The Official Hypothyroidism Thread
- 06-27-2011, 09:14 PM
- 06-29-2011, 12:14 PM
06-30-2011, 12:29 PM
Withania somnifera and Bauhinia purpurea in the regulation of circulating thyroid hormone concentrations in female mice.
Panda S, Kar A.
School of Life Sciences, Devi Ahilya University, Vigyan Bhavan, Indore, India. [email protected]
The effects of daily administration of Withania somnifera root extract (1.4 g/kg body wt.) and Bauhinia purpurea bark extract (2.5 mg/kg body wt.) for 20 days on thyroid function in female mice were investigated. While serum triiodothyronine (T3) and thyroxine (T4) concentrations were increased significantly by Bauhinia, Withania could enhance only serum T4 concentration. Both the plant extracts showed an increase in hepatic glucose-6-phosphatase (G-6-Pase) activity and antiperoxidative effects as indicated either by a decrease in hepatic lipid peroxidation (LPO) and/or by an increase in the activity of antioxidant enzyme(s). It appears that these plant extracts are capable of stimulating thyroid function in female mice.
*Bauhiniastatins 1-4 from Bauhinia purpurea
Sea Kelp (Ascophyllum nodosum) is a dietary source of bio-available iodine. An additional benefit of Ascophyllum nodosum is its ability to increase glutathione peroxidase activity, an important antioxidant. Human thyrocytes synthesize and secrete extracellular glutathione peroxidase, which translocates into the intracellular space and prevents peroxidative damage of thyrocytes from diffusion of extracellular H202 during stimulation of thyroid-hormone synthesis.
Bladderwrack (Fucus vesiculosus), another dietary source of natural bio-available iodine, has been used by many societies throughout history. Bladderwrack has also demonstrated anti-estrogen properties in both human and animal studies, suggesting that it may contribute protective health to estrogen sensitive tissues.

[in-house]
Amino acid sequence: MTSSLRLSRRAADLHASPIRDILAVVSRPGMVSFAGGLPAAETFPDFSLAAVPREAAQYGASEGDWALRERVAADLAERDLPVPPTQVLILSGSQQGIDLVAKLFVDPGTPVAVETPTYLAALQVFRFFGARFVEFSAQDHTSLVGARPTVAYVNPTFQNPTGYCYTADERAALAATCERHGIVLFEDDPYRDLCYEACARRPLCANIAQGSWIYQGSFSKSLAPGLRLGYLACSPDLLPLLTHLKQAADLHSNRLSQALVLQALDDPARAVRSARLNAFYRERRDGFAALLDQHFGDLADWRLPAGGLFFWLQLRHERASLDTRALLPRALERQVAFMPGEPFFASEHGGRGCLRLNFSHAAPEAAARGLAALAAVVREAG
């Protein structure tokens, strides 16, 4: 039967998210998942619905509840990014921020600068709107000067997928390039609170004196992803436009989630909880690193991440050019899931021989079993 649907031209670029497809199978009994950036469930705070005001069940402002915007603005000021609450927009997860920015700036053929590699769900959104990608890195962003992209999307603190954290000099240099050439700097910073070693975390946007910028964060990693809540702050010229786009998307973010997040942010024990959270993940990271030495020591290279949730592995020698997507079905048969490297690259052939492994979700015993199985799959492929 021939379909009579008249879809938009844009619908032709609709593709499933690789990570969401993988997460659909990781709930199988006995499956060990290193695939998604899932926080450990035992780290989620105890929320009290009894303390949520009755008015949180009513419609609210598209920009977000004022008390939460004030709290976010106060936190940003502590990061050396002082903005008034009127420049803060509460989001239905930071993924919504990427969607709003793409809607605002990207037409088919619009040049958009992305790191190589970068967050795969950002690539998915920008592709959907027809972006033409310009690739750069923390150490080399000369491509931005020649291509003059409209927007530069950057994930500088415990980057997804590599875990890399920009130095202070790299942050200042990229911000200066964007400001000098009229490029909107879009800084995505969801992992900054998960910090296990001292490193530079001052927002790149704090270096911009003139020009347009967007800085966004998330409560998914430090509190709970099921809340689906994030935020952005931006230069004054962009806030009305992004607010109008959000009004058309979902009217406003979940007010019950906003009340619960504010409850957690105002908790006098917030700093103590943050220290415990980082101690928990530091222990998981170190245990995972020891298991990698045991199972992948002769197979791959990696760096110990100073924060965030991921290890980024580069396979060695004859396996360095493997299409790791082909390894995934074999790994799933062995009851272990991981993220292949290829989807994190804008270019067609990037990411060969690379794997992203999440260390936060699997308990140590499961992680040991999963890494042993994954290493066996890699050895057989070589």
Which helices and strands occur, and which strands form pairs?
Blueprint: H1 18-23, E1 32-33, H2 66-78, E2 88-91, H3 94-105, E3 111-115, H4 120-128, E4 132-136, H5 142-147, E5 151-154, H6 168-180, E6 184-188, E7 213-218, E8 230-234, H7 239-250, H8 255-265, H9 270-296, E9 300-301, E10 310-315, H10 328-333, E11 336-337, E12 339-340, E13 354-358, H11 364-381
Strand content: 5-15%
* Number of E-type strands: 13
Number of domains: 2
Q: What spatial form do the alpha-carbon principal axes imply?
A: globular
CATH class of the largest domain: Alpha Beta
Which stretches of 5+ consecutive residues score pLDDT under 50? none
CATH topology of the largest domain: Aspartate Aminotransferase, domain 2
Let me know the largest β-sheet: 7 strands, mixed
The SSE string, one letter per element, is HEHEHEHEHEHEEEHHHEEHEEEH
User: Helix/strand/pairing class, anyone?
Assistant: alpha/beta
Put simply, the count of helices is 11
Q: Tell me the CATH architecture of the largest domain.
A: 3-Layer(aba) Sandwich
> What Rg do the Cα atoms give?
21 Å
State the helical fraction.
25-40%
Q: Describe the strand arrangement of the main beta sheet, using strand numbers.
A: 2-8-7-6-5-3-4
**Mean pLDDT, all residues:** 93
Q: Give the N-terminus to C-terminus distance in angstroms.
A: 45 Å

Guggulsterone (Commiphora mukul) has shown an ability to support thyroid function, especially through increased conversion of T4 to T3 in the liver, the principle site of T3 generation.* The effects of guggulsterone may be due to its ability to activate multiple receptors on the nuclear membrane, including thyroid receptors (alpha & beta), retinoic acid receptors, (which pairs with thyroid receptors), and the vitamin D receptor, which also plays a role in thyroid function. Guggulsterone, a component of Commiphora mukul supports healthy cholesterol levels and affects LDL oxidation, an important feature since the oxidation of LDL may have an effect on cardiovascular health, a critical concern for those with sub-optimal thyroid function
Rosemary (Rosmarinus officinalis) provides carnosic acid, a polyphenolic diterpene that at low concentrations increases the expression of vitamin D and retinoid receptors. Retinoid-X-receptors (RXR) undergo heterodimerization with thyroid hormone receptors (TR). The RXR/TR heterodimers have been proposed to be the principle mediators of target gene regulation by T3 hormone. The ability of carnosic acid to also affect retinoic acid receptors may increase its importance as a TR agonist. Rosemary also contributes rosmarinic acid, which has significant antioxidant and anxiolytic properties. An additional constituent, carnosol, may support healthy metalloproteinase-9 activity and healthy NF-kappaB activity, which may be responsible for its support of normal immune system function.